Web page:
Hello! . . . What We’re Watching.
Not every Column day is greeted with obvious ‘newsy’ links or jokes or whatever, so we’re forced to improvise. I’ve done something different this week, going after discs recommended to me by friends and readers — and (gasp) even ordering older discs and ones not offered by companies for review. A Facebook post alerted me to the existence of a disc for the Michael Caine film A Shock to the System, which I loved seeing as an in-flight movie. My mistake was enthusiastically showing it to my mother, not knowing that the non-airline version would have a lot of profanity, for which my mom never had much tolerance. It seems that most every time I did show her a film, something like that happened.
Next, a Mick Garris FB post reminded me that Joe Dante’s great picture Explorers comes out today; by the time you read this I might already have it in my greedy little hands. My kids adored this picture growing up; I remember fumbling one of my few talks with Mr. Dante by criticizing it … bad form that anybody with better judgment would have avoided.
Then, friend Wayne Schmidt recommended a mystery-horror show with Richard Gere called The Mothman Prophecies, a title I do have in a new [Imprint] release, so I’ll definitely give it a spin. Every movie viewing doesn’t have to be specifically for review… although if it’s good I’ll rush to write it up.
Second up is a reminder from ‘Australia mail’ that this month’s Viavision [Imprint] releases are on the way. That means that they’ll arrive no later than five weeks from now! This batch has some real winners — when I first contacted ViaVision they asked if I had any requests from the Paramount library. I jumped at Alfie and The President’s Analyst, each of which to me is a superlative picture. I think Alan Rode has a commentary on the elusive Columbia horror pic The Face Behind the Mask, a show I saw only on the old “Z” Channel and then had to wait decades for a single TCM cablecast. The last time through I wasn’t that impressed by the storyline, but a scene in the middle definitely gave me the chills. The incredible Peter Lorre was rarely used to his full potential. I’ll be giving special reviews to several of these Viavision [Imprint] releases.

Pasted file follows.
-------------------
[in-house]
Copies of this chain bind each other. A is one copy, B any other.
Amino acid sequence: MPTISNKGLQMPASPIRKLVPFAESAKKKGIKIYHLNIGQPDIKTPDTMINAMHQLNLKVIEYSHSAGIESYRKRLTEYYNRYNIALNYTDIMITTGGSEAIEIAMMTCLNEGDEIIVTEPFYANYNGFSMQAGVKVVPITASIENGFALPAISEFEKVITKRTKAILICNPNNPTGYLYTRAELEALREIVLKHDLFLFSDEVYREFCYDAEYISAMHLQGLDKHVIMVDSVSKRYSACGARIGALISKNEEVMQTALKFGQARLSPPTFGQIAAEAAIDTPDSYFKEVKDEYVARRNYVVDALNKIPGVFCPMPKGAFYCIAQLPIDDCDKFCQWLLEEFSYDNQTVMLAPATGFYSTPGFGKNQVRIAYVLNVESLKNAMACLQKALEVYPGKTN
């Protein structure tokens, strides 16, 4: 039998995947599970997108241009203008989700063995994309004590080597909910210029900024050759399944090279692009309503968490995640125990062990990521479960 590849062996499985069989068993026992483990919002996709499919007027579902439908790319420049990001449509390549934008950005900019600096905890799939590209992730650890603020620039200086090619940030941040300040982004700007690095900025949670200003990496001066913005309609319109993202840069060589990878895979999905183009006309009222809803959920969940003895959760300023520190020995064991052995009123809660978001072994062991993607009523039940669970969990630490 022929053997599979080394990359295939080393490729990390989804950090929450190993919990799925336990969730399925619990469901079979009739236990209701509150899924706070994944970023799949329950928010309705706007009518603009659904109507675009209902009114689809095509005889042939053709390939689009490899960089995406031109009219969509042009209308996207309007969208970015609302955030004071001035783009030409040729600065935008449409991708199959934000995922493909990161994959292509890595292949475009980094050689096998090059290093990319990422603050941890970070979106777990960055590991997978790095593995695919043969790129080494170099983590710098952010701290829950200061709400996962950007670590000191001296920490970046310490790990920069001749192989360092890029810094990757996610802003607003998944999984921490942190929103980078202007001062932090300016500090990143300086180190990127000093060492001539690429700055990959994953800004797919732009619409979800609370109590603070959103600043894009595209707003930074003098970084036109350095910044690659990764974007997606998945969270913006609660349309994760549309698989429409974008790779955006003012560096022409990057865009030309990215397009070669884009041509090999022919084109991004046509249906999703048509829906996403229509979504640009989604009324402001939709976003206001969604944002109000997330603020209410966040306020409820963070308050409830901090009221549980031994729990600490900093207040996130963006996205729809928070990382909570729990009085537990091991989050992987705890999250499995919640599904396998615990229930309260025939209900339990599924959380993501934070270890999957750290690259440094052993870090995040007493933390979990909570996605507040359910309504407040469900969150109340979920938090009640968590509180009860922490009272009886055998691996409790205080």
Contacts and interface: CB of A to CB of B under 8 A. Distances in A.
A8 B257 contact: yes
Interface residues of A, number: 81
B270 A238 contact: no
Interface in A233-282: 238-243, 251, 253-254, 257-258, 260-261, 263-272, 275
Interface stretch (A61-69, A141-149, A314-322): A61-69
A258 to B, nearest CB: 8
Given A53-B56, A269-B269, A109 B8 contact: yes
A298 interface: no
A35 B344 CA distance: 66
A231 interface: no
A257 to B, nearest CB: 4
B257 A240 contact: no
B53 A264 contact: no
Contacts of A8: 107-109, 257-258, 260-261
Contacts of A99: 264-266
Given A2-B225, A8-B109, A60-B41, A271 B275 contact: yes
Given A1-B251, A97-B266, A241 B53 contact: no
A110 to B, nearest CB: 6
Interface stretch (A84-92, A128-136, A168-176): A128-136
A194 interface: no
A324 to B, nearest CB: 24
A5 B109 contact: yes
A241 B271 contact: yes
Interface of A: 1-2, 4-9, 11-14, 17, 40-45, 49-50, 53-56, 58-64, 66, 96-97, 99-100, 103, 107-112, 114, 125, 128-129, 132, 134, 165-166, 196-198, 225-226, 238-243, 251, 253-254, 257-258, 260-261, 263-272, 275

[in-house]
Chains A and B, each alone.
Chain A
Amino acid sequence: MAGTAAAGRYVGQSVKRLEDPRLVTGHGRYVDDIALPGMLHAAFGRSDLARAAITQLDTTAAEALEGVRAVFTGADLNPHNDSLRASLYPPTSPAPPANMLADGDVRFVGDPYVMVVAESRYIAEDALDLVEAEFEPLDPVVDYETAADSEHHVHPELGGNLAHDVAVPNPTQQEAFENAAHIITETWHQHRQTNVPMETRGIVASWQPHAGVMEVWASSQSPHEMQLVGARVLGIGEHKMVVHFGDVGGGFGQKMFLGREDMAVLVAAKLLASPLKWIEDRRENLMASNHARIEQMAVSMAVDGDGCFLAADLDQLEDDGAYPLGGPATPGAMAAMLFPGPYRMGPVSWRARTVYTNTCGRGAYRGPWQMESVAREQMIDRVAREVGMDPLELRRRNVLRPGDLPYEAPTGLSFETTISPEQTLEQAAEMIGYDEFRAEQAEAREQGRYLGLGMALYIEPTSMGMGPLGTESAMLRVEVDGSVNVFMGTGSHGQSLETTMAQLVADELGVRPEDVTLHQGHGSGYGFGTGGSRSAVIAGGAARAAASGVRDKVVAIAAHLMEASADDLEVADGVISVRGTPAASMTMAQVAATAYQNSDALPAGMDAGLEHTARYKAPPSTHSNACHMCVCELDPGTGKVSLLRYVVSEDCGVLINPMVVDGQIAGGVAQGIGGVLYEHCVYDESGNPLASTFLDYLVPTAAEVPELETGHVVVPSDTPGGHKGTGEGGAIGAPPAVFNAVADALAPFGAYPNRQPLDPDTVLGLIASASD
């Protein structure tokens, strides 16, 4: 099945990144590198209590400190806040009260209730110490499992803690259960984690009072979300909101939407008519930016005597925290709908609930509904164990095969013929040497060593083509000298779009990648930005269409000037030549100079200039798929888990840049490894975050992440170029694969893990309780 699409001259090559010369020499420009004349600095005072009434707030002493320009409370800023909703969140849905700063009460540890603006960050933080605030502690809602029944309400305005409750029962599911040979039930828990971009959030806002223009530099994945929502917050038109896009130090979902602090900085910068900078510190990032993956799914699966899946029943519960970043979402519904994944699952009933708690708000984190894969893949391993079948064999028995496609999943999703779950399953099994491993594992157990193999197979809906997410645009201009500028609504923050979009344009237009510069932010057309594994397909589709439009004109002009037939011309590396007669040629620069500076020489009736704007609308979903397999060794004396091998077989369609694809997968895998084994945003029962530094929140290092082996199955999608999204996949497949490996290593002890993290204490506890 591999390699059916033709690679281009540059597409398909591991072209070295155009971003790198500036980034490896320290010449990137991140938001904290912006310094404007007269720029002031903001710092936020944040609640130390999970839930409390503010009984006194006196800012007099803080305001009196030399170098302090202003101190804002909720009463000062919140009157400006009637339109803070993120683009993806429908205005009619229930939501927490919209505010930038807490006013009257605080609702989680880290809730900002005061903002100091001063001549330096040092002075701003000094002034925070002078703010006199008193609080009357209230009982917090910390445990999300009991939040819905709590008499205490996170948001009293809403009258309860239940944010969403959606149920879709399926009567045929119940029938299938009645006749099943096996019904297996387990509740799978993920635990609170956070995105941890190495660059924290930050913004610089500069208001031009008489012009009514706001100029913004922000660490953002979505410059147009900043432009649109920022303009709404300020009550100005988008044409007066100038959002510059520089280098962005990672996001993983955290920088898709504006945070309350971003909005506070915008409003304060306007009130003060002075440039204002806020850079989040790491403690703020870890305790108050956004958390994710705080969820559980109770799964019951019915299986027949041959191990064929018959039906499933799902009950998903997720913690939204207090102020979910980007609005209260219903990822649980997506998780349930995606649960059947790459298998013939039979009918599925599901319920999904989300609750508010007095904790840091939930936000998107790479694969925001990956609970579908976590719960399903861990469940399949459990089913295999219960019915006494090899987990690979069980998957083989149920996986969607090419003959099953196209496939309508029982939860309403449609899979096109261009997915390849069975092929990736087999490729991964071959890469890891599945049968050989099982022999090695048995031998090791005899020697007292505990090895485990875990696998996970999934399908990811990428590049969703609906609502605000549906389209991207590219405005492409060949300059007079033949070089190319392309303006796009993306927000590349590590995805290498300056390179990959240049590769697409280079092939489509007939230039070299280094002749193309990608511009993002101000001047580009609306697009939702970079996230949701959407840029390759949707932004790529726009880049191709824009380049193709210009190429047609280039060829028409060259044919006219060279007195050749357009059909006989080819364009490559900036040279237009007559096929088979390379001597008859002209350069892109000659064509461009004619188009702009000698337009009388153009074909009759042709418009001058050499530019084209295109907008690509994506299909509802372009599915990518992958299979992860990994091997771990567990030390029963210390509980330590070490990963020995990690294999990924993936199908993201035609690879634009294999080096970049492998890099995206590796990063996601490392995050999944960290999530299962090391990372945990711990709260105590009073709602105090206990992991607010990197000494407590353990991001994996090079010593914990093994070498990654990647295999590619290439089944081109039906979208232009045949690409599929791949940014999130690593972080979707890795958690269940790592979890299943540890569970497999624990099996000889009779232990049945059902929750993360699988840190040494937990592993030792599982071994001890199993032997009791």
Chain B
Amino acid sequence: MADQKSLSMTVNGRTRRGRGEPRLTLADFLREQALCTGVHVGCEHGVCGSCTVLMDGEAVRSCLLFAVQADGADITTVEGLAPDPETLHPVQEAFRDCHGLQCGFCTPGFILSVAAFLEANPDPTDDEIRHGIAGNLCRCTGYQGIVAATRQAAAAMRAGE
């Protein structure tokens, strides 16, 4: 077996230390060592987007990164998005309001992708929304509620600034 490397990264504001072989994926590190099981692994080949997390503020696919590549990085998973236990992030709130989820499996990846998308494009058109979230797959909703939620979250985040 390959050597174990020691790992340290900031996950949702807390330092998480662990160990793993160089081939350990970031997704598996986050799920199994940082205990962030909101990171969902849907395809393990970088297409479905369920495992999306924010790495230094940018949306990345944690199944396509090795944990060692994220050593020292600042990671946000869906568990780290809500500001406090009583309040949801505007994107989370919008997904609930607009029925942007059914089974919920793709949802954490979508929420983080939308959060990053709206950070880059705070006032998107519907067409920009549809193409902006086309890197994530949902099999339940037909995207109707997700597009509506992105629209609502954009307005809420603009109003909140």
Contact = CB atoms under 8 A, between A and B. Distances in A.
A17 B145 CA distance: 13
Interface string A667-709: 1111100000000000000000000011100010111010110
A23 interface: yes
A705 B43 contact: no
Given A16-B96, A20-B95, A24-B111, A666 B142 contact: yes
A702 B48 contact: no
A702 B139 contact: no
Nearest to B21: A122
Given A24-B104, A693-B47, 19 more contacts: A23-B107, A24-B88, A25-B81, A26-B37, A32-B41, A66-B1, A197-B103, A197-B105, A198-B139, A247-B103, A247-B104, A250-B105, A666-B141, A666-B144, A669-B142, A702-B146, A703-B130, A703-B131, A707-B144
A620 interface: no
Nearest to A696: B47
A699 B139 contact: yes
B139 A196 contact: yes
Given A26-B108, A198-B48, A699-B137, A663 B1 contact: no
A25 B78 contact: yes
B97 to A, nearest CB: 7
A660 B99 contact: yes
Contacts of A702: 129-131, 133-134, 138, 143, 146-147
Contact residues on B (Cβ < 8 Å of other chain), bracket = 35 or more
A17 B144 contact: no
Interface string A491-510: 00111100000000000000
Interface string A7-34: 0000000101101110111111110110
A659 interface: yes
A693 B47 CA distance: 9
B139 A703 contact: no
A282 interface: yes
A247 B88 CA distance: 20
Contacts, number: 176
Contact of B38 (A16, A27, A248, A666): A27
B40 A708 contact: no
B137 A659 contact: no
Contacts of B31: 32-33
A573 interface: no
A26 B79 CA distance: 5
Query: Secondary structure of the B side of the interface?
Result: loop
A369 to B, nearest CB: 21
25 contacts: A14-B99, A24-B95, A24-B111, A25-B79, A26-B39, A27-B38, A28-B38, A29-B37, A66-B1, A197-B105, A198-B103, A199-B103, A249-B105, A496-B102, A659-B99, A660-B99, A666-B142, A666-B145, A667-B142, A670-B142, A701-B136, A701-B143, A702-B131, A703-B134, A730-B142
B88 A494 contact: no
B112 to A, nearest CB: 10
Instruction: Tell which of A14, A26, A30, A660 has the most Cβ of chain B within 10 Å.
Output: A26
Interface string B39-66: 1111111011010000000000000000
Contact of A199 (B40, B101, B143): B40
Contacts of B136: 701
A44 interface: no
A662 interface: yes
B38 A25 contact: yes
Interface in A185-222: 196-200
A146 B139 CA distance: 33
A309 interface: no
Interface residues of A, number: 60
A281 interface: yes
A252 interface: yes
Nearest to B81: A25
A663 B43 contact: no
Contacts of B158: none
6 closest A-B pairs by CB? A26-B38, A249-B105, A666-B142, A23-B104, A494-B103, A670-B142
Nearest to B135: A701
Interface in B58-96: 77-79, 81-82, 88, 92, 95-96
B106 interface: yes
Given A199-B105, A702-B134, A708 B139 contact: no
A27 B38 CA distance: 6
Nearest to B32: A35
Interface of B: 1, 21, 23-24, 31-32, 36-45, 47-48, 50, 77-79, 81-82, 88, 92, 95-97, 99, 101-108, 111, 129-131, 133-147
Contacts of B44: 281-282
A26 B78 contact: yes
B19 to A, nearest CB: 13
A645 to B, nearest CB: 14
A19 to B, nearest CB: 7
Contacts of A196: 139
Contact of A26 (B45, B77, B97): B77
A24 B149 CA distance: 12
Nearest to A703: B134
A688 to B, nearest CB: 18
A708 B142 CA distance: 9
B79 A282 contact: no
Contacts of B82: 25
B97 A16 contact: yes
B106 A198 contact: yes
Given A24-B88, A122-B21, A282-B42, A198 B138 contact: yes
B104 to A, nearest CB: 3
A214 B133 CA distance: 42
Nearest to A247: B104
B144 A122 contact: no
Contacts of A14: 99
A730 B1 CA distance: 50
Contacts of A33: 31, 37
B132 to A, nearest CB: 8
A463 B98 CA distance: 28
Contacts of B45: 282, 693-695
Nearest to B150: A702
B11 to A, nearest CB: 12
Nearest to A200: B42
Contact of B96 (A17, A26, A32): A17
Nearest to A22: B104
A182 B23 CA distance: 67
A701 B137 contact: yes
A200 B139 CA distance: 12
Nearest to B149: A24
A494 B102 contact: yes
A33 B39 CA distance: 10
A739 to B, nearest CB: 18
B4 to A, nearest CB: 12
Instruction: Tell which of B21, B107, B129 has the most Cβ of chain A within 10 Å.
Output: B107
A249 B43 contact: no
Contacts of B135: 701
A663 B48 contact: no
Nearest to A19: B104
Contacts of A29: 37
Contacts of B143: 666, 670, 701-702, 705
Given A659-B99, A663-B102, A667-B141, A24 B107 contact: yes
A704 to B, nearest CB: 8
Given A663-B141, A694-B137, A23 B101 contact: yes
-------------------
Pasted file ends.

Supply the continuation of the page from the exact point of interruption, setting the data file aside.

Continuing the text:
Finally, a link that has nothing to do with disc collecting — it’s a handsome rendition of the timeless song Guantanamera with contributions from all over the globe … present-day Habaneros and expatriates living in other countries. All the verses save for the last come from José Martí’s 1891 poem Versos sencillos.
The performances and the images here are quite moving — a little hunchbacked woman dances near the beginning, and near the end, a child. It’s a good time for this patriotic but universal sentiment. The song has been adopted by Cubans of every political stripe, which makes it an anthem for a hopeful reconciliation. So I’m playing the “I like it” card as a reason to post it here. Maybe next time I’ll have a more film-related link …
Thanks for reading! — Glenn Erickson